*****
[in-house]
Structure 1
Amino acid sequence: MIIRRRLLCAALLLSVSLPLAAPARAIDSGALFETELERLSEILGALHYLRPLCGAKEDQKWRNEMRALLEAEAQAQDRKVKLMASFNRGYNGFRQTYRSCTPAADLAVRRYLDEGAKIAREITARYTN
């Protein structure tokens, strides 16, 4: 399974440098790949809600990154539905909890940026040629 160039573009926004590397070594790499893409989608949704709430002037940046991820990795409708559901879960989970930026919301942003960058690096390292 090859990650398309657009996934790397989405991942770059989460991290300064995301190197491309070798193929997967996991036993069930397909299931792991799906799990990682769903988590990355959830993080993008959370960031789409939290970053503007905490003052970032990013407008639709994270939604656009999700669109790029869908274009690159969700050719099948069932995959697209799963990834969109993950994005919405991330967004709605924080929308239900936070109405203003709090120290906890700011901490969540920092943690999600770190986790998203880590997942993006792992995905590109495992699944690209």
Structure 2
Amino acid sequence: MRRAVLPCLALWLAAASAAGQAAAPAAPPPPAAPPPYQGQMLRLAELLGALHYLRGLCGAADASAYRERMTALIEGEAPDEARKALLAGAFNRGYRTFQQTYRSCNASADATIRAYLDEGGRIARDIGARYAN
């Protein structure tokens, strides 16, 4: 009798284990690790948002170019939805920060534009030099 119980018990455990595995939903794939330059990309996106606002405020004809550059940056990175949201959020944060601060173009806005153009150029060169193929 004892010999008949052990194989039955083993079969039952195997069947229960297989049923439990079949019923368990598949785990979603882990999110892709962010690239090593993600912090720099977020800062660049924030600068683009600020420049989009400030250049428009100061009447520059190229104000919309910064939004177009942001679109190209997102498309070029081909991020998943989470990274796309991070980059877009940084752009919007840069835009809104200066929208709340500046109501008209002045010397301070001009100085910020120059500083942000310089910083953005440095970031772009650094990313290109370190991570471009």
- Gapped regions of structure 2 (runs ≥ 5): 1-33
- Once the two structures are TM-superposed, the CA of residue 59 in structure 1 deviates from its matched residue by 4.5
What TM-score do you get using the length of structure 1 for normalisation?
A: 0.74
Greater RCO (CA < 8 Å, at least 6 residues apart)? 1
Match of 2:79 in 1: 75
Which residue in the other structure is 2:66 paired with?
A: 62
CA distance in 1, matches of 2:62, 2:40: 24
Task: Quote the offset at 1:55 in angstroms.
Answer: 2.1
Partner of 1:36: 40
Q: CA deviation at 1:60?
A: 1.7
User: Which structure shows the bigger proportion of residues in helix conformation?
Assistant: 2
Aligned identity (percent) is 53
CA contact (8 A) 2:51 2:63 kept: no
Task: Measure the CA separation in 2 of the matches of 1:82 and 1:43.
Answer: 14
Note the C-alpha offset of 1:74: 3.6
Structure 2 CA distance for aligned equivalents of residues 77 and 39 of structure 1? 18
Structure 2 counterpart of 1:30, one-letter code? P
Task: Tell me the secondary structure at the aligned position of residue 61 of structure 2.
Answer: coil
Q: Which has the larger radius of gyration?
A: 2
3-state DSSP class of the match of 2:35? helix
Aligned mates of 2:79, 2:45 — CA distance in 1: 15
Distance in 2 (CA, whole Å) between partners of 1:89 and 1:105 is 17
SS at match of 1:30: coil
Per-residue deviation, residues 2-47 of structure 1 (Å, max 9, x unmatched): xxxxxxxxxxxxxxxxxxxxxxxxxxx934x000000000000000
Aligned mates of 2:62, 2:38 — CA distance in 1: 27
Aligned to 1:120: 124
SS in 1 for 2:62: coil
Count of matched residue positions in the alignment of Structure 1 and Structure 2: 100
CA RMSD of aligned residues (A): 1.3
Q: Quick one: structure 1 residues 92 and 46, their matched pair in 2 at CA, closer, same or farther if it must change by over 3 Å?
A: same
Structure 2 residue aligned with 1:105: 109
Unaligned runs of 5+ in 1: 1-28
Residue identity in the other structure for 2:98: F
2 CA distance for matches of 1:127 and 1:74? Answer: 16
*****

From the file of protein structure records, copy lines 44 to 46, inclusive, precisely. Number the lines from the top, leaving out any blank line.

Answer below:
CA RMSD of aligned residues (A): 1.3
Q: Quick one: structure 1 residues 92 and 46, their matched pair in 2 at CA, closer, same or farther if it must change by over 3 Å?
A: same